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Kosovo on the brink

Twelve years after surviving one of the bloodiest conflicts in the Balkans, Kosovo is pushing slowly through the political and economic barriers to the independence it declared in February 2008. But in the battle for recognition it still confronts not only Serbia, its ancient rival, but five European Union countries.

The alarm clock is ticking away for both Kosovo and Serbia. By mid December, Serbia needs to prove to the European Council that it has fulfilled the main requirement of its candidacy for EU membership, namely a positive outcome of its negotiations with Kosovo. Ideally, this means that Belgrade must relax its hold on the Serbian enclave north of the river Ibar at Mitrovica, and allow Kosovo access to the three or four small Serbian municipalities within its border.

This enclave is a unique black hole in the centre of a whole region aspiring to European ideals of human rights and good governance. But barricades have prevented Kosovo’s police, EU rule of law officers and even NATO units from entering an area which is virtually governed by Serbia.

Meanwhile, Kosovo has been recognised by 85 states at the United Nations, but it has an even higher mountain to climb to attain EU membership. Until all 27 member states recognise it, it cannot even become a candidate. And for fear of encouraging their own minorities, Spain, Romania, Cyprus, Greece and Slovakia refuse to oblige.

This leaves the international community in a quandary. Having protected the Kosovo people with air strikes in March 1999, creating a new precedent in international law which has served well in Libya and elsewhere, how can Europe fail to secure this protection with longer-term political guarantees?
The dialogue with Serbia mediated by the EU has ground to a halt at various times following serious incidents in the North in July and September during which a Kosovan policeman was killed. Serbia has made minor concessions such as recognising customs stamps and allowing official records to be copied, but has not conceded any territory or agreed to any integrated border control or basic administrative and legal arrangements recommended by the EU.

After 12 years of outside encouragement, citizens of Kosovo may have come to expect more than Europe can offer. The UK and other leading European nations are at least morally committed to seeing Kosovo through to statehood, bringing security, technical assistance and political advice on a scale rarely seen even in post-conflict countries. The youth, energy and enthusiasm of the people, over two-thirds of them under 35, may prove the nation’s most valuable asset. Their expectations have undoubtedly been fostered by their European sponsors.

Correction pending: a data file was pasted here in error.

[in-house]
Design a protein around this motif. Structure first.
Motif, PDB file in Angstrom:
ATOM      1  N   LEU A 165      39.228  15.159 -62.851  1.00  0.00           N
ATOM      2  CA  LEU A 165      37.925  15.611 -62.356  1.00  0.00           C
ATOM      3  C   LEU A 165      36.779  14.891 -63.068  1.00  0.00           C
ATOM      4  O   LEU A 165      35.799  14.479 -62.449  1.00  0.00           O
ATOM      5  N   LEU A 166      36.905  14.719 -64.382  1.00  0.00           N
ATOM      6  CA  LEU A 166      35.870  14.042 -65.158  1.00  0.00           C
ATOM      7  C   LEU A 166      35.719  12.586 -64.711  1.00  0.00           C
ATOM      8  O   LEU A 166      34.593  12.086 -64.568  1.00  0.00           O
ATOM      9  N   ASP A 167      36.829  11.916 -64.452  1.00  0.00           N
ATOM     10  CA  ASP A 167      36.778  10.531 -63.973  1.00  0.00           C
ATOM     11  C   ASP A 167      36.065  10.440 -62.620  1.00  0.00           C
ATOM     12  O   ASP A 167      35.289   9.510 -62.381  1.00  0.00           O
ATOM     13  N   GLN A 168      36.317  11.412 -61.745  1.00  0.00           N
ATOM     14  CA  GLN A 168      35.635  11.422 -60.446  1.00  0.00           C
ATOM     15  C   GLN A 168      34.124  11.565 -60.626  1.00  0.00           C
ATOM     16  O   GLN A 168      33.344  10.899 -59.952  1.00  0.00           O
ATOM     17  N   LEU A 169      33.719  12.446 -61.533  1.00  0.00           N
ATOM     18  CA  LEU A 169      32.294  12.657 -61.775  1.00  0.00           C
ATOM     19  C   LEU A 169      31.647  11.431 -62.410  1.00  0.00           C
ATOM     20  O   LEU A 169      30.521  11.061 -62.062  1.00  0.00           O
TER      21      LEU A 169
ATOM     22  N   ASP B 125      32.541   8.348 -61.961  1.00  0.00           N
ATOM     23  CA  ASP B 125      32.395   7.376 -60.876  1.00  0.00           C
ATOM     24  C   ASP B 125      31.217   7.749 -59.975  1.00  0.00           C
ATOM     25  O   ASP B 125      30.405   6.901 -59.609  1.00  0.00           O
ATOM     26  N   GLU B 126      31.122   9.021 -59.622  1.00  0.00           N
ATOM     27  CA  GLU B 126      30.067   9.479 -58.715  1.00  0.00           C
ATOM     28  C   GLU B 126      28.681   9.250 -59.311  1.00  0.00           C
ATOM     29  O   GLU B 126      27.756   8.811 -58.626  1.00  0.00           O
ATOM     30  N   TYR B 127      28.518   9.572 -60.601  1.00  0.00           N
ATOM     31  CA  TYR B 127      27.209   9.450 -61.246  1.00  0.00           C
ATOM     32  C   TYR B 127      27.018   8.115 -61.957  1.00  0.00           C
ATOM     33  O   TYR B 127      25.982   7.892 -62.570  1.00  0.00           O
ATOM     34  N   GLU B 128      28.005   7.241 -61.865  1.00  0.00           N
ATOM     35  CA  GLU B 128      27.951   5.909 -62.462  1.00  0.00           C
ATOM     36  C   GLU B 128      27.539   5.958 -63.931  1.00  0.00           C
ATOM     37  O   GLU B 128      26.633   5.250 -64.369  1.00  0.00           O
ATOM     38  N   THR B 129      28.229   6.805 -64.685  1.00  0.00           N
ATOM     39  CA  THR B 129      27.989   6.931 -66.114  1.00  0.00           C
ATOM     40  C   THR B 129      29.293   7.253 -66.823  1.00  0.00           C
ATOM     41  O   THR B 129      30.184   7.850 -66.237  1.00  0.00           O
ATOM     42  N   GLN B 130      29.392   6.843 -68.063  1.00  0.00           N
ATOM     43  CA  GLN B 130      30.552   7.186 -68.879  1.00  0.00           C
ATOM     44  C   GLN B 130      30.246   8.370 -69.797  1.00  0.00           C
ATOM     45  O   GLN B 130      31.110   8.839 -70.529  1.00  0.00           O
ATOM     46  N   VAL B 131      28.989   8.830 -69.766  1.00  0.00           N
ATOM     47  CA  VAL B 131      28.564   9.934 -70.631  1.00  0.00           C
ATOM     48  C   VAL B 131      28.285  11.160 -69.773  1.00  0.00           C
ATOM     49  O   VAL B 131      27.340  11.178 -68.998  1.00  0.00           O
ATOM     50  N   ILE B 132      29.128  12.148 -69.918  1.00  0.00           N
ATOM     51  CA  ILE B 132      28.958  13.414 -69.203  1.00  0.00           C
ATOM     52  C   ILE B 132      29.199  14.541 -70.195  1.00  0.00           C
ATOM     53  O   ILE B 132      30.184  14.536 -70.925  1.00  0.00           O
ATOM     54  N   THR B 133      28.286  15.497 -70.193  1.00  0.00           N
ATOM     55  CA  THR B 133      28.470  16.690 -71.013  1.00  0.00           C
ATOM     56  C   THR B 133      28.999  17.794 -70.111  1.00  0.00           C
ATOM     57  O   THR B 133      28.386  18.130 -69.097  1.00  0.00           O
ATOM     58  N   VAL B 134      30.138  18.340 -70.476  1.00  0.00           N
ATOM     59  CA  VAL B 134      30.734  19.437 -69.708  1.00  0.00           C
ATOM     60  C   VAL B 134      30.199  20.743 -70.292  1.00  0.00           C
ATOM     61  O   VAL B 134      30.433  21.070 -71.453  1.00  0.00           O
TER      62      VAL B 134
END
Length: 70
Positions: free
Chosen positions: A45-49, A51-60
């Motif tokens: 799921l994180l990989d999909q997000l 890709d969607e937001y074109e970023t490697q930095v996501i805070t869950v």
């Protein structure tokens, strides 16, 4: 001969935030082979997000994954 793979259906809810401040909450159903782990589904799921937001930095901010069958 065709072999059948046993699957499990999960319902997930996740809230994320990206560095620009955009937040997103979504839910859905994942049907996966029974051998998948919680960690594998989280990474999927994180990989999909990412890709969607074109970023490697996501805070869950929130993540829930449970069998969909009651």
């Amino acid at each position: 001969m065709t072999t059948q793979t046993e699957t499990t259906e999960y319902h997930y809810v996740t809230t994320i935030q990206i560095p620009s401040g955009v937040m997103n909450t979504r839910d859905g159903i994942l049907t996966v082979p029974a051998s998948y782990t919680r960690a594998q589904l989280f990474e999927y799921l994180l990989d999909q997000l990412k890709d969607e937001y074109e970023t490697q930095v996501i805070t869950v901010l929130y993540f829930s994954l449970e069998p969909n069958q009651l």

During our BGIPU visit to Pristina, I was able to see how closely embassies and aid agencies like DfID are working with key institutions such as the Kosovo Assembly. Parliamentary committees concerned with finance or European integration are receiving hands-on advice from experts and some MPs get experience overseas. After less than three years of independence this training is essential.

Parliamentary assistance also extends to electoral reform. The present assembly has 100 national seats elected by PR, plus 20 seats reserved for Serbs and other minorities. To reduce the chances of fraud, Kosovo may switch to the more common European constituency model and possibly to the closed list system. It also has to consider holding direct elections for the first time to elect a new president.

Unfortunately Kosovo is not receiving as much economic as political attention. While growth has been at an enviable annual rate of 4-5%, investment is still low and unemployment above 40%, with many young migrants moving north to escape poverty and remit funds home. New infrastructural projects such as the highway into Albania, even with foreign aid from Turkey and the US, seem unaffordable alongside so many priorities closer to home.

The external action service sees Kosovo as a test case of European integration, and there are no signs of leading member states giving up on it soon. Britain has a special responsibility alongside the United States as one of the first countries to intervene in 1999, with a solid record of development aid since then. But it will have to try harder to convince other member states, particularly the new government in Madrid, that peace in the Balkans is a pre-condition of a stable Europe and depends above all on their co-operation.

Kosovo is determined to tick all the European boxes and so qualify for membership. But the economic recession and the Eurozone crisis are bound to take their toll on such an intense relationship and on the depth of assistance provided. If Serbia edges towards membership on the pretence of co-operation, there is a risk that Kosovo will be left even further behind, with its future candidacy disappearing over the horizon.

This article was also published in The House Magazine